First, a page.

Arjuna Gallagher :We’re called and we call ourselves Hare Krishnas, because that’s part of the mantra we chant, “Hare Krishna, Hare Krishna, Krishna Krishna, Hare Hare, Hare Rama, Hare Rama, Rama Rama, Hare Hare.” These are names of God. And the idea is that by associating with God’s name, we become purified because God is all pure. And when we associate with God, we become pure so we chant these names all the time.
Arjuna Gallagher: The names are quite unique because they’re vocative and in Sanskrit you have more grammar, it’s more flexible. So the vocative is how you call out directly to someone. Other mantras are more offering respects from a distance, but this is a direct call to the divine.
Note: Here, Arjuna means that Sanskrit, the ancient sister language to Latin and Greek in which the Hindu scriptures are written, has (like them) a vocative case, — that is, a special usage when one is calling out to someone, including God.
Michael Egnor: The sense that I have of Hinduism — and I think that are a lot of listeners will have as well — is that there certainly is a pantheon of gods. What role do those gods play? Is it really pantheistic or is there one overall God and these other deities are beneath that God?
Arjuna Gallagher: Many Hindus believe something that’s rather pantheistic or that all these different demigods are equal and you can worship any one of them and get the same result. The result is that it’s something you can temporarily fix your mind on until you’re advanced enough to fix your mind on that personal absolute, which is beyond all these forms.
This is not the Hare Krishna view… No Vaishnava subscribes to that view. The Vaishnava view is that God is a person and that his name, form, pastimes, are all fully divine. When we meditate on those things, we’re advanced.
As for the demigods, on the Vaishnava view, they are something like archangels perhaps… But they’re like engineers, which oversee the functions of the material universe. So there’s even a demigod controlling the weather. Everything in the material universe is conducted by a person. They’re powerful personalities and they’re jiva souls, which means they’re just like you or me. And we could become a demigod in a future birth.
Michael Egnor: Are they worthy of worship in the Hindu faith?
Arjuna Gallagher: … If I worship my guru thinking he’s God, that’s wrong. But if I worship my guru, understanding he’s a servant of God and he’s helping me come closer to God, then that’s fine. And then we also worship God. But yeah, it’s not this hard distinction of a kind of honor you give to one or the other. It’s more about the philosophical understanding that’s stressed.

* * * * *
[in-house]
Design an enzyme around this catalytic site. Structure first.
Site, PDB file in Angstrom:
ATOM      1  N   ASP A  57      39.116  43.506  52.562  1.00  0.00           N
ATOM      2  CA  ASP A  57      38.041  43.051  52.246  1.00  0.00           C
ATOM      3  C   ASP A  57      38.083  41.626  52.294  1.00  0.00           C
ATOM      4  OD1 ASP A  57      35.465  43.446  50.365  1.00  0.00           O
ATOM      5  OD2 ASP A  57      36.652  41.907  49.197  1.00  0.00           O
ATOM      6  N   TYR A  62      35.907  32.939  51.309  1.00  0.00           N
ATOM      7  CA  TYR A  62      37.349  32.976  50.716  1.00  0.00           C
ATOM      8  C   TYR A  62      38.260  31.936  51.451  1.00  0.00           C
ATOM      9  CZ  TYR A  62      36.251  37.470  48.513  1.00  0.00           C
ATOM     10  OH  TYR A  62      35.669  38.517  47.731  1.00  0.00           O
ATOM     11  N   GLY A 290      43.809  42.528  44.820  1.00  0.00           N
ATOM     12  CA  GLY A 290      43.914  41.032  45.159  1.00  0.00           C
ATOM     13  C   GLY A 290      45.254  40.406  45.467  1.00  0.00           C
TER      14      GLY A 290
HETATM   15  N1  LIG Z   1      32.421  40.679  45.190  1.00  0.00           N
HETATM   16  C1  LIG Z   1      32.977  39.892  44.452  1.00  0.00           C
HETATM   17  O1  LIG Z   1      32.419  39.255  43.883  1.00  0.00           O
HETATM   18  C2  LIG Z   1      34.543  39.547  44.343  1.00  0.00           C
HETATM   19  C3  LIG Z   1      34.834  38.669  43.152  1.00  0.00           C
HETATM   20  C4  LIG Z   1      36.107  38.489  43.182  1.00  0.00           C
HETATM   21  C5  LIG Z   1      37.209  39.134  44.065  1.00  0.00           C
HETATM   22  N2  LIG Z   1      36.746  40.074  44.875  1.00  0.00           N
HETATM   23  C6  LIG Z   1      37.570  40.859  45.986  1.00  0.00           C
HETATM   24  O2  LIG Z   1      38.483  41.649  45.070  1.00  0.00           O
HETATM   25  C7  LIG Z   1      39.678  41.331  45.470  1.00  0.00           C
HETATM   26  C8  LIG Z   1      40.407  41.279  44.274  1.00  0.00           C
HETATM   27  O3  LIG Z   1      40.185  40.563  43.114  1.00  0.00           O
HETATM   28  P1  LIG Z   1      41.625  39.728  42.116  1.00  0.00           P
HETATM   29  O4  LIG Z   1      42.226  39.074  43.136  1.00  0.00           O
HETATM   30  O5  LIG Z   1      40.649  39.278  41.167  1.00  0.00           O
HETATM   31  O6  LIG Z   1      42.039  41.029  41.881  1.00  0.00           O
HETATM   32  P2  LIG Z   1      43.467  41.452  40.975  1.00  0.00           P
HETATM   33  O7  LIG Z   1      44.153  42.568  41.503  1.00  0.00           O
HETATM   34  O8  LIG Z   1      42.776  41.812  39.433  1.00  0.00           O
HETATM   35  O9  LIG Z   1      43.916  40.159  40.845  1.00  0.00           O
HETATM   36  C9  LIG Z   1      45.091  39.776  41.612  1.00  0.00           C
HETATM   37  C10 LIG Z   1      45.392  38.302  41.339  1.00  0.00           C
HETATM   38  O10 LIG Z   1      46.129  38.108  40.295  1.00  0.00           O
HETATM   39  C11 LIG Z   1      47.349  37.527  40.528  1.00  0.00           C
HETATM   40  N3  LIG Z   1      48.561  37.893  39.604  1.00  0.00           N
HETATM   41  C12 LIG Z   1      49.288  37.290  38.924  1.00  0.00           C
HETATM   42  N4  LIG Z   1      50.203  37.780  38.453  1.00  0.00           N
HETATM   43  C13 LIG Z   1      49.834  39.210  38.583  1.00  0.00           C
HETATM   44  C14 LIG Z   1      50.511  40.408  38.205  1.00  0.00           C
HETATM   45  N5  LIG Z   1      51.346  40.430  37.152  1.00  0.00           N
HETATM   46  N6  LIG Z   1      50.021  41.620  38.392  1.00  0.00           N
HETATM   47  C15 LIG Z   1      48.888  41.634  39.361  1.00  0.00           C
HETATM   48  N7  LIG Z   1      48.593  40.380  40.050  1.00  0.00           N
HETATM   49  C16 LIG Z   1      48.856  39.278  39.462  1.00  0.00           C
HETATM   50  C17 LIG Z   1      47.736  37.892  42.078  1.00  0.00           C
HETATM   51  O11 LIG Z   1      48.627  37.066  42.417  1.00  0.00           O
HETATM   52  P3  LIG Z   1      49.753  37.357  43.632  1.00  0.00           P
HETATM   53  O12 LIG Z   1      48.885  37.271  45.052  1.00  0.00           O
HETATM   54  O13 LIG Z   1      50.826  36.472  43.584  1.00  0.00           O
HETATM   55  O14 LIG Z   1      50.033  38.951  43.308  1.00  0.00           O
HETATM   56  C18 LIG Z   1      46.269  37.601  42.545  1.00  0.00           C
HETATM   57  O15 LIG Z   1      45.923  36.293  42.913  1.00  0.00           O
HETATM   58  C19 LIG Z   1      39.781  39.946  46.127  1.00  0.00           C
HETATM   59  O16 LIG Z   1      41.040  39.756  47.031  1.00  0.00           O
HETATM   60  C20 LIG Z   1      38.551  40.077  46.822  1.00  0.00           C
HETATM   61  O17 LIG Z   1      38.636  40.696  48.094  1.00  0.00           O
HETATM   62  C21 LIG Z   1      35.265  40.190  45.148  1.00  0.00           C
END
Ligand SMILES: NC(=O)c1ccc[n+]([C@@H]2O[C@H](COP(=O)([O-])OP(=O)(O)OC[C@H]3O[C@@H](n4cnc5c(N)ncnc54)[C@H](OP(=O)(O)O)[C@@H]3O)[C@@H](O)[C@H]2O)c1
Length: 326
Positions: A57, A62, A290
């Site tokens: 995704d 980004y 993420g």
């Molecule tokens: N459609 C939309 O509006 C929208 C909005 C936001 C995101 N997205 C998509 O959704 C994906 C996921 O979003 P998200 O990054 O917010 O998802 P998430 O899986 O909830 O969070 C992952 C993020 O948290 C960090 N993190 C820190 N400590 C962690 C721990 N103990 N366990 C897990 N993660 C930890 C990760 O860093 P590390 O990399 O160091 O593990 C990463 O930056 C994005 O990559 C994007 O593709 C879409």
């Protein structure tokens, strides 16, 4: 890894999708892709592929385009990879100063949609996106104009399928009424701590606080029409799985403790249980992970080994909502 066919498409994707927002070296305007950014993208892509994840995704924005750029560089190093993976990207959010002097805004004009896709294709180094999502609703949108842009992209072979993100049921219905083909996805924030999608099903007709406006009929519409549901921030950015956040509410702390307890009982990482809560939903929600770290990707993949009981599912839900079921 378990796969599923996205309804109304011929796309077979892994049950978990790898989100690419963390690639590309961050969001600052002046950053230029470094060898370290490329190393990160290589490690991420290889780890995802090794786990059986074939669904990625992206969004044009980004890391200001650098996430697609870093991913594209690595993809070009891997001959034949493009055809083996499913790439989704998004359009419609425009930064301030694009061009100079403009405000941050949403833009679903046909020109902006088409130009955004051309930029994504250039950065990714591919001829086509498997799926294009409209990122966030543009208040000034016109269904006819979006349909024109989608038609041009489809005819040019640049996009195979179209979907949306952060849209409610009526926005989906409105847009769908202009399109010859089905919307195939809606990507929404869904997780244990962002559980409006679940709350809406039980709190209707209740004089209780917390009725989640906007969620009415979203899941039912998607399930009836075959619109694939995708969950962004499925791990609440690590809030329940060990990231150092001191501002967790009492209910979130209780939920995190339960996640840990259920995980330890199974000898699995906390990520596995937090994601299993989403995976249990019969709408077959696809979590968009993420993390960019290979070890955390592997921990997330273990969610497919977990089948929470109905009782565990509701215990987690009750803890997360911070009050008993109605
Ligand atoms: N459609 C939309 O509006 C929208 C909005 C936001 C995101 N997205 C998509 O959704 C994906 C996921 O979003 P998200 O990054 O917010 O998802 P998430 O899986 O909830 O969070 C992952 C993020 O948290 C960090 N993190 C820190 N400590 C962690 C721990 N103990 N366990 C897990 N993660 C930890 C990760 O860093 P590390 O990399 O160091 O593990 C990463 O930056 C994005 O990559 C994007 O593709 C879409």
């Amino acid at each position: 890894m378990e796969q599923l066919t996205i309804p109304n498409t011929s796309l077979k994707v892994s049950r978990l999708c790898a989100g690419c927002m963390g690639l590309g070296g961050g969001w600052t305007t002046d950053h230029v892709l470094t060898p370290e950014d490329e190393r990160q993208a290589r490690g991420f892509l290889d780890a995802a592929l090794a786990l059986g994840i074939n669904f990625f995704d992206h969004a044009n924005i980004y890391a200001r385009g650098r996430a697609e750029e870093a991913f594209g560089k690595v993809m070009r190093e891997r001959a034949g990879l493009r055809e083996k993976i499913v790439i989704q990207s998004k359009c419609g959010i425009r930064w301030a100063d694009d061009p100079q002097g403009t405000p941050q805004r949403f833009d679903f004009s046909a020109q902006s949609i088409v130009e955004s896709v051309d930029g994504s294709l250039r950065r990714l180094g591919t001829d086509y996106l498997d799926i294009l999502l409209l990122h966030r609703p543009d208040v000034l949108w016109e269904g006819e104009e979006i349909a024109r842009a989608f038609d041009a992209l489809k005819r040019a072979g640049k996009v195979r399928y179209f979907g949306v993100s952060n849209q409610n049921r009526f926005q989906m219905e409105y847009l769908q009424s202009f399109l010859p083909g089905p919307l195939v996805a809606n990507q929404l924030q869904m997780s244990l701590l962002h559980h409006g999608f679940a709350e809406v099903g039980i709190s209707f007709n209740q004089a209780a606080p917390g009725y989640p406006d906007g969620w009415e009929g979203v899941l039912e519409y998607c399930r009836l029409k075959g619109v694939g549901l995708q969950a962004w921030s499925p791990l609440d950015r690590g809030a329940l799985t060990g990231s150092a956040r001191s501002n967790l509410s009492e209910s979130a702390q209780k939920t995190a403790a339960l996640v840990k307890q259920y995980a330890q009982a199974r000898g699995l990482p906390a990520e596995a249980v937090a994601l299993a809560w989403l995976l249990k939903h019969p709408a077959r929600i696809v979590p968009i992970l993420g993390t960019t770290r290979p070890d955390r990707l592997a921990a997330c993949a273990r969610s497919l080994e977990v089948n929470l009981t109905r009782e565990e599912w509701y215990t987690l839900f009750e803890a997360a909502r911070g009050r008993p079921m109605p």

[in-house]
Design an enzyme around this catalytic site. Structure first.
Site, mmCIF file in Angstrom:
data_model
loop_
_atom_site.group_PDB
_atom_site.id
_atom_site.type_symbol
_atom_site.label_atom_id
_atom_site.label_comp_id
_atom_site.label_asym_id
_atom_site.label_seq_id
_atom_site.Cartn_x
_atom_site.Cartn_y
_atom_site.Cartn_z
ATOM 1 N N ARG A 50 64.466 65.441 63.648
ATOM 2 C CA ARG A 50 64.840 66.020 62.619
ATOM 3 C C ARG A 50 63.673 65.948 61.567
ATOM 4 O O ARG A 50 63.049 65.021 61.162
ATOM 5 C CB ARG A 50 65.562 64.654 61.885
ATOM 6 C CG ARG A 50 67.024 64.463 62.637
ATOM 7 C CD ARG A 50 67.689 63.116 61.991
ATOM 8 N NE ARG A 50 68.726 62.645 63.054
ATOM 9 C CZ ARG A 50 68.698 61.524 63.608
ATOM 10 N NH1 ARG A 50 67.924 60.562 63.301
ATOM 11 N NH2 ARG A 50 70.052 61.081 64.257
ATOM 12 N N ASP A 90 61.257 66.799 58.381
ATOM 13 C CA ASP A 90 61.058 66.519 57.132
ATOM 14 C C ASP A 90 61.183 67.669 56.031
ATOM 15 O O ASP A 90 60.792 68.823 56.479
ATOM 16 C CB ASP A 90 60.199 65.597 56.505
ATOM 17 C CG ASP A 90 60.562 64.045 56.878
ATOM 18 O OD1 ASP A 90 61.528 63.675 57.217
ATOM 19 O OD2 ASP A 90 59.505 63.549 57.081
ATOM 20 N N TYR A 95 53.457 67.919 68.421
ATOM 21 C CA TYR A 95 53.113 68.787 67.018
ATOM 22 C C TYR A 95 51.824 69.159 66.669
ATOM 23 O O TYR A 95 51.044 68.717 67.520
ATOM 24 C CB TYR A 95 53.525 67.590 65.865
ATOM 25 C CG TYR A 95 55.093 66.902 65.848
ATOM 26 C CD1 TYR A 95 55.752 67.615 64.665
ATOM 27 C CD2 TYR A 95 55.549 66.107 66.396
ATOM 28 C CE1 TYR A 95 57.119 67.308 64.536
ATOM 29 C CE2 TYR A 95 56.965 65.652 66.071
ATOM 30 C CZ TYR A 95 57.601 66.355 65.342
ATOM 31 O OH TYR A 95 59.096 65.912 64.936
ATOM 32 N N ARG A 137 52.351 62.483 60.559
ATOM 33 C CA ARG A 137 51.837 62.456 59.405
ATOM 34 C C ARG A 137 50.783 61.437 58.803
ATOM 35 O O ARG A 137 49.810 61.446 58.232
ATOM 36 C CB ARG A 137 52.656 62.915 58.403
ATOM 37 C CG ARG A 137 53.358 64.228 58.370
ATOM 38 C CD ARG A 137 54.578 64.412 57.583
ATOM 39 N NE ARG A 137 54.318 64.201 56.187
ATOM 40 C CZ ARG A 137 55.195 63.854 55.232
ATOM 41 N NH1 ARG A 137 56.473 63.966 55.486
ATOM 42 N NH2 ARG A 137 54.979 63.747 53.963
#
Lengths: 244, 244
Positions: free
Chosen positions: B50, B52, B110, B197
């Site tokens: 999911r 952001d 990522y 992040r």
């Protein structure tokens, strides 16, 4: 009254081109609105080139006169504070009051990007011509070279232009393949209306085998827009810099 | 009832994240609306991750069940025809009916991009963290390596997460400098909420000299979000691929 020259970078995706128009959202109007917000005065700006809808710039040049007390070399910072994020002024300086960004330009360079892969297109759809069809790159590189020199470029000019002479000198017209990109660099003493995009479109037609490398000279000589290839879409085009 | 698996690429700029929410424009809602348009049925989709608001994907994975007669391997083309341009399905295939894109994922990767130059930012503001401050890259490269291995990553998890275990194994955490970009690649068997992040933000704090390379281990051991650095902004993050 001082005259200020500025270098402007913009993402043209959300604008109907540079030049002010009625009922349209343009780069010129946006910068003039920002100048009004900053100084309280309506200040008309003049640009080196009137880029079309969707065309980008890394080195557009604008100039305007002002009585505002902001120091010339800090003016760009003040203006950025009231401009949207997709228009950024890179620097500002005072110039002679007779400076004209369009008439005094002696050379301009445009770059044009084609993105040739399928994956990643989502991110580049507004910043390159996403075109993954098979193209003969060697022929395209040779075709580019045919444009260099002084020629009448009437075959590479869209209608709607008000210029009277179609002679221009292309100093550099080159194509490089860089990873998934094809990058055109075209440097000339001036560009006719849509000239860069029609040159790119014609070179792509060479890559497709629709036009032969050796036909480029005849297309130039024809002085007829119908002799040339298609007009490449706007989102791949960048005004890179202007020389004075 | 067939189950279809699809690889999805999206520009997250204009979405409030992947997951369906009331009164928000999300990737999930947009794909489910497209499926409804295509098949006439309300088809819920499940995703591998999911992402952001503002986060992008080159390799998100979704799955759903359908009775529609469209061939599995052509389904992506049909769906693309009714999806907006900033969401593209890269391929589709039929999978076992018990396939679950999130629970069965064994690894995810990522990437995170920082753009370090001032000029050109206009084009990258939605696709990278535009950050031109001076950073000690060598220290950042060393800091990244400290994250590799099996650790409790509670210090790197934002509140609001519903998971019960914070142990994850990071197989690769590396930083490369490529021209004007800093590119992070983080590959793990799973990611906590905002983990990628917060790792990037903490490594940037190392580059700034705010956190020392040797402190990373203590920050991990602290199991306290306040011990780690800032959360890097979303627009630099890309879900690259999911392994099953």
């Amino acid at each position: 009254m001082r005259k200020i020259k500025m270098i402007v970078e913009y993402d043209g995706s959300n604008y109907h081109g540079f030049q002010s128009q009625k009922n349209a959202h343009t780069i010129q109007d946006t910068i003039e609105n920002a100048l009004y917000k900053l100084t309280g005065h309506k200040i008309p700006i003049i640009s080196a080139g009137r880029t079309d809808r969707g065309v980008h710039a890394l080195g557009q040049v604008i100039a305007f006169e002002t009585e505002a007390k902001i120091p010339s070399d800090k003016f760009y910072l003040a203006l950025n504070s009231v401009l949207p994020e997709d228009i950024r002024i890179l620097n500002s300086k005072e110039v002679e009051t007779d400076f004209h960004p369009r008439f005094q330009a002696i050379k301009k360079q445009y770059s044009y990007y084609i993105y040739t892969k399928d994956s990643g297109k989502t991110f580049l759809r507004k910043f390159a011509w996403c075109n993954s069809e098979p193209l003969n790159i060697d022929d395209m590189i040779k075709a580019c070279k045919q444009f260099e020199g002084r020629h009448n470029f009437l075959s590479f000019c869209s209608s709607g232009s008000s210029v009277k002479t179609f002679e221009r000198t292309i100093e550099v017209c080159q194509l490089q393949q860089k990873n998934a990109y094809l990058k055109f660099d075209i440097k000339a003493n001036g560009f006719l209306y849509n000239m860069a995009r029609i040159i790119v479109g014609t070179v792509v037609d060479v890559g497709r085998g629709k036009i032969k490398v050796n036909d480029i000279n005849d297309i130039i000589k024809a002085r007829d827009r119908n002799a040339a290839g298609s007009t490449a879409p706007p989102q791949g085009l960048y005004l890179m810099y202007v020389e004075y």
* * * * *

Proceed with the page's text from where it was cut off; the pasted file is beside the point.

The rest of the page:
Michael Egnor: I see. In the Christian view, or at least from the Thomistic view, which I think is pretty mainstream, angels are separated intelligences. They’re souls without bodies. And obviously there can be good angels and bad angels, demons. Are any of the members of the pantheon in the Hindu faith demonic, as opposed to angelic?
Arjuna Gallagher: Yeah, there are demons and they’re always fighting with the demigods. There’s a tug-of-war back and forth. And you could ask a problem-of-evil question about that. One answer is that the purpose is [that] the demigods can forget about God. But when there’s trouble, then they’re reminded and they go take shelter at God. So the demons serve that purpose.
Michael Egnor: I’m sure you’ve heard of the Euthyphro dilemma that was posed by Plato. Is something good because God wills it, or does God will it because it is good?
Note: The Euthyphro dilemma comes from Plato’s Euthyphro dialogue, which has had different forms over the centuries. Basically, it is “Are moral acts willed by God because they are good, or are they good because they are willed by God?” Another way of saying it is, does God say that things are moral because they are by nature moral, or do they become moral because God declares them to be? The dilemma is that if the acts are morally good because they are good by nature, then they are independent of God and morality somehow exists apart from God. These acts would already be good in themselves, and God would have to appeal to them to “find out” what is good. Of course, This raises questions on how moral absolutes can exist as independent abstract entities apart from a divine being. On the other hand, if something is good because God commands that it is good, then goodness is arbitrary, and God could have called murder, good, and honesty not good. The problem here is that it means God could also be a tyrant if he so chose to be. But, he chooses to be nice. – Matt Slick, CARM